At the end of the day, one wonders if Boy can't make up his mind or has the inability to know how he feels about both Girl2 and Girl1. Are men in reality, so wishy washy? Looks like they're more controlled by down there than up there, or even by a beating human heart. 

Even so, can one force someone to love you? Couples get engaged or marry for many reasons and not necessarily because of love. As a woman, I think many men marry because they don't want to be alone. They often depend on another human being for physical and psychological comfort and support. When this has been secured, they tend to take it for granted ( women also do that), life becomes normal and reverts mainly to the needs of each individual. It needn't have anything to do with love. 

A few more years down the line, if the couple start drifting apart and finding their individual friends, divorce looms on the horizon. So, is trying to force someone to love you worth it?
Girl1 then, could be putting herself in hell by trying to force Boy to love her. Yet, why does she persist in this obviously lost cause? Her quest could be ego-driven and obsessive. It is an ego-driven greed for vengeance that can't be sated unless, the obstacle to her goal is removed permanently. Even then, I wonder, if she will ever have peace of mind living in fear of losing Boy's affection to anyone else?

Boy, on the other hand seems naively clueless about the 'contest' and rivalry between the two girls. Are men so naive? Or does it boost their ego to see two women fighting for their affection. Some men probably like it and thrive on jealousy. It's like a chain they can pull to reassure themselves that they still appeal to women.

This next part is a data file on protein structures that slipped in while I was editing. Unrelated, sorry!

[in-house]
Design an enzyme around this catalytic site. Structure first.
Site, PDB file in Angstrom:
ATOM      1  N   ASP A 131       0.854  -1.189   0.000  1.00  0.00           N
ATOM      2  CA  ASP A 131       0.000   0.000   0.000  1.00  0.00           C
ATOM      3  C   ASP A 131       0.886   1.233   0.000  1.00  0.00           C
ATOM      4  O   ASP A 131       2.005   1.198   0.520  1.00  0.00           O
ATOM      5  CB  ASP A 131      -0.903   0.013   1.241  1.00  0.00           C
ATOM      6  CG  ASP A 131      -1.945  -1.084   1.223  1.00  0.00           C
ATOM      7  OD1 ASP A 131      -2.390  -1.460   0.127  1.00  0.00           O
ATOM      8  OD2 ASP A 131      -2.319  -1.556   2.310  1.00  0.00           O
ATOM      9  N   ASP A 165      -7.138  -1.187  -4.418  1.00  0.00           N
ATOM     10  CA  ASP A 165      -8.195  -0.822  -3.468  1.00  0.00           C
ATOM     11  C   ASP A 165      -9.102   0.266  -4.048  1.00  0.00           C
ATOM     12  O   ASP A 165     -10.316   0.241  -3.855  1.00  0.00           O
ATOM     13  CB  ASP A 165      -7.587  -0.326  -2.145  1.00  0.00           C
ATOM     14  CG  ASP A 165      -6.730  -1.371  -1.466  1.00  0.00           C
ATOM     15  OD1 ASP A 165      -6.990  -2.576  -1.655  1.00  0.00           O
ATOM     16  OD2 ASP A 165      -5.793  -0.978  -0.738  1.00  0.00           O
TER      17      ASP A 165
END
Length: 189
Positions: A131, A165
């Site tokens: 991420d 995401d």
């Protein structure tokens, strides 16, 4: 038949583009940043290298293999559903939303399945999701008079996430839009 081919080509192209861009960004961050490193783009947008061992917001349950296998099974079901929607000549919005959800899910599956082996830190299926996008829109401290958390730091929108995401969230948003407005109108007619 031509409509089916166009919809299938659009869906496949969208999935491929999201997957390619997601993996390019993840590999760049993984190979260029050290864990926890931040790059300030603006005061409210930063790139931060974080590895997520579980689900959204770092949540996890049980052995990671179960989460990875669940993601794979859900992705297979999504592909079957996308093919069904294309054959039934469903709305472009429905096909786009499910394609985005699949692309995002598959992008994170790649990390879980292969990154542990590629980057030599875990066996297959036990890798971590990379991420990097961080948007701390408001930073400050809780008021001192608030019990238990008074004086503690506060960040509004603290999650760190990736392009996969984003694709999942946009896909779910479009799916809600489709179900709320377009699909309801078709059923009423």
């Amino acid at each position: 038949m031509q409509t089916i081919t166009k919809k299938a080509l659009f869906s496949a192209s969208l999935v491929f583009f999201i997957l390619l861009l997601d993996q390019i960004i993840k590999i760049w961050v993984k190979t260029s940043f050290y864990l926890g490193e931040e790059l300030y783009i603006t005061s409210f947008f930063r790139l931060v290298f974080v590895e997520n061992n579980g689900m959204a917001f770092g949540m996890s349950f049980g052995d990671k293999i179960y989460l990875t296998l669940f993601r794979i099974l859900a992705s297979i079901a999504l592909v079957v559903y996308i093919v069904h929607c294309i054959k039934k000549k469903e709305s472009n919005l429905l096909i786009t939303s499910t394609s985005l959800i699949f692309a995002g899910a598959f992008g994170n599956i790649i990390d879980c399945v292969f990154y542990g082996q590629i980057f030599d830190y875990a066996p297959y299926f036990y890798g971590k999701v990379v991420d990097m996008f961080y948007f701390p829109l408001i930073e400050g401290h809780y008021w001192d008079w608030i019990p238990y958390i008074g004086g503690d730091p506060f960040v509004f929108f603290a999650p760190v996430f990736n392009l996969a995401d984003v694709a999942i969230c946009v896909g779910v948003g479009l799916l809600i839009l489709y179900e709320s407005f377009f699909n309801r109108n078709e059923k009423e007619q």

Another favorite theme of soaps is emotional blackmail. A means to force someone to do what they are unwilling to, yet, give in under duress. This is another tactic Girl1 resorts to in order to get her way. Girl2 in contrast is often portrayed as not only naive but not too intelligent. She often succumbs to the treachery of Girl1, thinking it best to give in because she loves Boy. She is the victim and waits for her knight in shining armour to rescue her i.e. for Boy to wake up and make a definite choice. Sadly, because of his apparent naive nature, it's often too late when he realizes his preference is for Girl2. She may not be around by then or may have found a more reasonable partner. The joke is really on Boy who can't make up his mind.

If Boy had been single-minded, decisive and committed himself to Girl2, he may have avoided ending up with less than he hoped and dreamed for. Yet, many things in life are uncertain and unclear and often wrong decisions are made. So, one either lives with it or charts a new course. 

We often think of what may have been, maybe for a reason, perhaps a very good one, that life plays out differently from our expectations.